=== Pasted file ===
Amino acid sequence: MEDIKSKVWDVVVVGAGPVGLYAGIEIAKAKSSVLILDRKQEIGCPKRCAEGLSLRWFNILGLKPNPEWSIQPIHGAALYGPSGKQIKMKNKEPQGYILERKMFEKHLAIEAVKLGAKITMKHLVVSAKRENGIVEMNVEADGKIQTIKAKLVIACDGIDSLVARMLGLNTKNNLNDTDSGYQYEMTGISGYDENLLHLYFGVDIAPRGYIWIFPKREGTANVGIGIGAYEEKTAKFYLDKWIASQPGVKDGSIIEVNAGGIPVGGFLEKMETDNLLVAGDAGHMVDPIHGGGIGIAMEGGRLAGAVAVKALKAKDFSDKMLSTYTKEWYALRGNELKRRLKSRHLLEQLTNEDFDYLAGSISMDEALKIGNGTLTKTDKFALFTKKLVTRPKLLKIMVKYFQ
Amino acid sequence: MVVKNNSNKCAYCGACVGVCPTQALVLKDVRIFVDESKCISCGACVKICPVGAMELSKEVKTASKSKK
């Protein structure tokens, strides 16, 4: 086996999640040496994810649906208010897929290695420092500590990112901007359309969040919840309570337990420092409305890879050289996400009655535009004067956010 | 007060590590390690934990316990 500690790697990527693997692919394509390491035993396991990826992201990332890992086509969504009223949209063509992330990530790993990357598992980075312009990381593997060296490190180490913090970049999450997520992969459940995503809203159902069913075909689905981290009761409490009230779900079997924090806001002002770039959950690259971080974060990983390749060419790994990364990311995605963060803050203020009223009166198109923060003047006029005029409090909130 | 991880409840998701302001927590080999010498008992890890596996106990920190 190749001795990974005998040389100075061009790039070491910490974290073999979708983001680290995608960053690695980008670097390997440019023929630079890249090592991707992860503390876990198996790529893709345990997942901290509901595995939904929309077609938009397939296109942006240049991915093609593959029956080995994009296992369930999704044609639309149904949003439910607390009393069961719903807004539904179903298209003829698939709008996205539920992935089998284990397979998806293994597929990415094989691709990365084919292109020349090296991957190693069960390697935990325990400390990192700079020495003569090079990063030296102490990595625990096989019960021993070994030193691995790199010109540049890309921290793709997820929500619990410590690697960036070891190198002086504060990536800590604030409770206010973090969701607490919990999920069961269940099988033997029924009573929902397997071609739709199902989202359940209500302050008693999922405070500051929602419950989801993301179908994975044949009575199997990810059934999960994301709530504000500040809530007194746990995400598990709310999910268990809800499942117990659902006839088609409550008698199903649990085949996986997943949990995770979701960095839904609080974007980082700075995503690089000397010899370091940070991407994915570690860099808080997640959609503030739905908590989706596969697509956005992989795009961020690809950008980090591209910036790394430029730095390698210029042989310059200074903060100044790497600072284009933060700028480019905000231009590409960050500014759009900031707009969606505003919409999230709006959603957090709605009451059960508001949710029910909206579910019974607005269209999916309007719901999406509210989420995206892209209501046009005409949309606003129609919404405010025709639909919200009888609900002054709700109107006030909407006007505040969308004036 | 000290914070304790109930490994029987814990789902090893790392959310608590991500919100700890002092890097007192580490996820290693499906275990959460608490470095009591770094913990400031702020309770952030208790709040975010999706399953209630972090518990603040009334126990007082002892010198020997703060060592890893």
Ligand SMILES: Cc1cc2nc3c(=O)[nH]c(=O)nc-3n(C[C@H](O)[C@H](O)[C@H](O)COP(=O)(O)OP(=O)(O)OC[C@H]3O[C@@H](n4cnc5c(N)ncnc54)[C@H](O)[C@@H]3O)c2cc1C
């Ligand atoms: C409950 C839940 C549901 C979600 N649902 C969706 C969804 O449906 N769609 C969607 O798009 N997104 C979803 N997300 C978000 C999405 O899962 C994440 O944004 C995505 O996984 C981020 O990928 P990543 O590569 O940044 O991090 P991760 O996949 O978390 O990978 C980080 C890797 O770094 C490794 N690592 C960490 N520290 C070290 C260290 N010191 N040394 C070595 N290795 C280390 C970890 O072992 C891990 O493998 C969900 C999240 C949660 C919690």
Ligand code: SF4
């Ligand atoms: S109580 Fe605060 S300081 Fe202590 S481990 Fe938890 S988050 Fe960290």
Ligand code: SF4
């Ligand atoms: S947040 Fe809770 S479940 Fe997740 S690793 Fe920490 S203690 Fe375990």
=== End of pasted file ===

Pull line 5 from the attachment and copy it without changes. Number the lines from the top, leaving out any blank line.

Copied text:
């Ligand atoms: C409950 C839940 C549901 C979600 N649902 C969706 C969804 O449906 N769609 C969607 O798009 N997104 C979803 N997300 C978000 C999405 O899962 C994440 O944004 C995505 O996984 C981020 O990928 P990543 O590569 O940044 O991090 P991760 O996949 O978390 O990978 C980080 C890797 O770094 C490794 N690592 C960490 N520290 C070290 C260290 N010191 N040394 C070595 N290795 C280390 C970890 O072992 C891990 O493998 C969900 C999240 C949660 C919690």